Text of lecture at a workshop at the Kotelawala Defence University – January 20th 2013
In the first section of this talk I spoke about the confusion in Sri Lanka between the Executive and the Legislature. Flowing from a system in which expansion of the Executive is seen as the easiest way of ensuring a Parliamentary majority, we have overlapping Ministries. We have however failed to institutionalize systems of coordination, both within the executive branch and also within Parliament which is supposed to exercise oversight and contribute to policy formulation.
We have also failed to promote coordination of activities between the different levels of government, or between different branches at the same level. As it is, we have a very confusing Constitution that entrusts several responsibilities to Provincial administrations but then gives authority also to the Central government. This is because we have what is termed a Concurrent List, which is nothing but concurrent because in the event of disagreement the will of the Central government prevails; and dual responsibilities at provincial and local level. It is also because the Centre is given responsibility for National Policy on all subjects, but we have failed to conceptualize this clearly and to spell it out in legislation.
I have become more acutely aware of the problem in my role as Convenor of the Task Force meant to expedite implementation of the National Human Rights Action Plan. It is important to make policy changes in accordance with the plan, but ensuring acceptance of these and relevant action at all levels will not be easy. In particular, while we should not duplicate action, and should leave this to local agencies which are best equipped to cover all geographical areas, we must ensure monitoring, and that is best done through a Central agency to ensure uniformity. However our legal officials have still not entrenched a system of legislation that makes clear the primacy of National Policy and the obligation of the Central government to ensure its implementation, while leaving implementation to other levels of government. I should add that they have also completely failed to ensure conformity with the 13th amendment in much legislation that has entered the statute books in the last two decades, while this has also been ignored in various administrative decisions taken by Central government.
The problem is compounded by the fact that the Province, while it should remain the unit that exercises responsibility for both regulations with regard to devolved subjects and for executive action in those areas, is too large for the consultation and accountability that make devolution meaningful. We should therefore be building up local government institutions, but at present these are not given sufficient authority, while they suffer staff shortages that prevent effective action in many vital areas.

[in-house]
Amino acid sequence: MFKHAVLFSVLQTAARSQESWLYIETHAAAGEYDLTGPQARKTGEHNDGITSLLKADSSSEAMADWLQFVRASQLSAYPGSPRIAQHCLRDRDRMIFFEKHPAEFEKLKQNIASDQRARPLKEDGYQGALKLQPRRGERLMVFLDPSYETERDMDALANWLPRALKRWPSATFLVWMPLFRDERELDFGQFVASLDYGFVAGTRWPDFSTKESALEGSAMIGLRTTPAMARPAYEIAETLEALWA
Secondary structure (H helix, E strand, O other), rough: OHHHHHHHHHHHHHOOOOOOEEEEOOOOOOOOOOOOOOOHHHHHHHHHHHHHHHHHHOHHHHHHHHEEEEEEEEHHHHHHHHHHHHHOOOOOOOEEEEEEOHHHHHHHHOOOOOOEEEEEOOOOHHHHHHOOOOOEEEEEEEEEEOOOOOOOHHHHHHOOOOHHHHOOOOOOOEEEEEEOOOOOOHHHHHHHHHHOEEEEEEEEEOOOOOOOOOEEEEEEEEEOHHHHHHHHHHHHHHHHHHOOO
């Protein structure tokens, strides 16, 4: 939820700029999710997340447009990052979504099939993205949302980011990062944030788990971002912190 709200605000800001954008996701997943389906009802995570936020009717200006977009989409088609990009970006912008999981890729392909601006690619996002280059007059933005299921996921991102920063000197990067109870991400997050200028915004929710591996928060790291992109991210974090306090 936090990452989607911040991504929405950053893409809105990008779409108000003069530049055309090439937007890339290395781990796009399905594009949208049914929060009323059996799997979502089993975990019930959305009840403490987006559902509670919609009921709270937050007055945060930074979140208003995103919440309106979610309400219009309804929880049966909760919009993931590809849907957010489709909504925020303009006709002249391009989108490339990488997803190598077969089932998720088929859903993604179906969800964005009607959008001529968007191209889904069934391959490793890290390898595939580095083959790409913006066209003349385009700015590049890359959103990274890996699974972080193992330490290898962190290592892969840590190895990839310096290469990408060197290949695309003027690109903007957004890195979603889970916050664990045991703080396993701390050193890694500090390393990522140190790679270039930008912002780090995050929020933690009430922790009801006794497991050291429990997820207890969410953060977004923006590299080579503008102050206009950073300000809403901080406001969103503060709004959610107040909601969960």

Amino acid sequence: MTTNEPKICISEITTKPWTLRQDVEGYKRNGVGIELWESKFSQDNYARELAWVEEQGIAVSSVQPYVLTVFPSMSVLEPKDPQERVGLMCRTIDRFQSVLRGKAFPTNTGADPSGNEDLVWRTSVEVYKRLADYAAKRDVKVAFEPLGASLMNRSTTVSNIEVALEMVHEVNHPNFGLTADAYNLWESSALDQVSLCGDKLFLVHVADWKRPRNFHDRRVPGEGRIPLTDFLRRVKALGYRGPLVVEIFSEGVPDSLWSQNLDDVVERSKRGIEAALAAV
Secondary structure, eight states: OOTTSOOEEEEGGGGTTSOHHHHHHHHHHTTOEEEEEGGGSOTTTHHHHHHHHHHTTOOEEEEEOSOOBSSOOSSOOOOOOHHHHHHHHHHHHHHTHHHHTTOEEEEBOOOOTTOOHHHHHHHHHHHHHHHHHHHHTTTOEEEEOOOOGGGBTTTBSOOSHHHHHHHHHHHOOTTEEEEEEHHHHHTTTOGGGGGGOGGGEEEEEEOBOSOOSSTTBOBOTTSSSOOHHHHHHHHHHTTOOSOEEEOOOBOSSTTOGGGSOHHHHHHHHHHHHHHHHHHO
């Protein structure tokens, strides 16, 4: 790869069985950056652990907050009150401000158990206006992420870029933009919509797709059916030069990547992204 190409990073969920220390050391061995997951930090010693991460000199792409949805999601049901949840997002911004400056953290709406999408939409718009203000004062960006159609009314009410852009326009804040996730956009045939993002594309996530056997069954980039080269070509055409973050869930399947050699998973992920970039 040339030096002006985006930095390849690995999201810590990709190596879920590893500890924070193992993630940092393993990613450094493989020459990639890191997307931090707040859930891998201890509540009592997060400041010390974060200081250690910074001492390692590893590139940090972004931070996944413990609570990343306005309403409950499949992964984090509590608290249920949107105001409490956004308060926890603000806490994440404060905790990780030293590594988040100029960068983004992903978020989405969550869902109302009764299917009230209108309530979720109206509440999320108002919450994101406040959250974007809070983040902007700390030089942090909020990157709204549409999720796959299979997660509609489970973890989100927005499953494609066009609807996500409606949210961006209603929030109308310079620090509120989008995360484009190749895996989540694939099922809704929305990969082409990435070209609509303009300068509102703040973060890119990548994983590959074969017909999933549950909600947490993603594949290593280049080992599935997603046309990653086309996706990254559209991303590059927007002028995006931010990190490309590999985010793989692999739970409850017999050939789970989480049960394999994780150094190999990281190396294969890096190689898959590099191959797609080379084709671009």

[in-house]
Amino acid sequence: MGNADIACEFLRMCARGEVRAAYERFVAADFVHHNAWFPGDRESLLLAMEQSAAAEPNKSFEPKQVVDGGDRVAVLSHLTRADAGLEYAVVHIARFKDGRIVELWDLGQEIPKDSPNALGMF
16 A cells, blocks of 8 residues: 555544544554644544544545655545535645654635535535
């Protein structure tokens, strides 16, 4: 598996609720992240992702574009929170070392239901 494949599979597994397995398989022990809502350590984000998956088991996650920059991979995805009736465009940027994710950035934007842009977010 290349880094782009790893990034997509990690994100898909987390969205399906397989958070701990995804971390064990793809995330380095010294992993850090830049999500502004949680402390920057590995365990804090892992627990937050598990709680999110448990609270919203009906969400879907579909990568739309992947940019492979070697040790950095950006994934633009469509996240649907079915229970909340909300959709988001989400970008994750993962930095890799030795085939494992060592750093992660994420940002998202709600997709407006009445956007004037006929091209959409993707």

To illustrate the confusion we suffer from, let me consider the care of children, which I have been much concerned with recently. Fortunately we now have a Secretary at the Ministry who can conceptualize coherently, and who understands the problems and is also capable of developing systems of coordination which will enhance the services on offer. But whether he can cut through the accumulation of entities in the field is a question.
Very simply, Sri Lanka had a Probation Department which was based on what might be described as a Poor Law concept, ie children who needed care were treated as responsible to some extent for the problem, and needing to be dealt with on a legal basis. In 1987 Probation and Child Care Services became a devolved subject, and so we have Provincial Probation Departments. However in the 90s the Ministry responsible for Child Care strengthened the Central Probation Department, and also appointed what are known as Child Rights Protection Officers to several Districts and Divisions.
Meanwhile Sri Lanka had become a signatory to the Child Rights Convention, and established a National Child Protection Authority, which also functions in the Provinces. Government has not however made it clear how the Protection of Children goes beyond Probation and Child Care Services, and how the NCPA should develop and enforce Policy, while implementation is done through the Provincial Probation Departments. In the process it would also make sense to amalgamate the two Central agencies, so that that Probation Department becomes part of the NCPA.
Matters are complicated further by the Children’s Secretariat of the Central government which has appointed Early Child Development Officers to several Districts and Divisions. While their responsibilities are different from those of the other agencies mentioned, obviously there should be coordination, but mechanisms for this do not exist. Nor are there mechanisms for them to coordinate with Health and Education Departments, even though amongst their responsibilities is ensuring provision of services in these two areas to all children.
In the midst of all this confusion, the good thing is that the Secretary, soon after he took office, suggested to the Department of Public Administration that they set up a Women and Children’s Unit in each Divisional Secretariat. This was agreed, and with luck we will soon have better coordination, with regular meetings of all the officials mentioned above, as well as officials of the Women and Children’s Desks of Police stations. The MoH and the local Director of Education should also be invited to these meetings, while status reports should be obtained from each Grama Niladhari Division about problems and action being taken, both to ensure effective services and to resolve problems.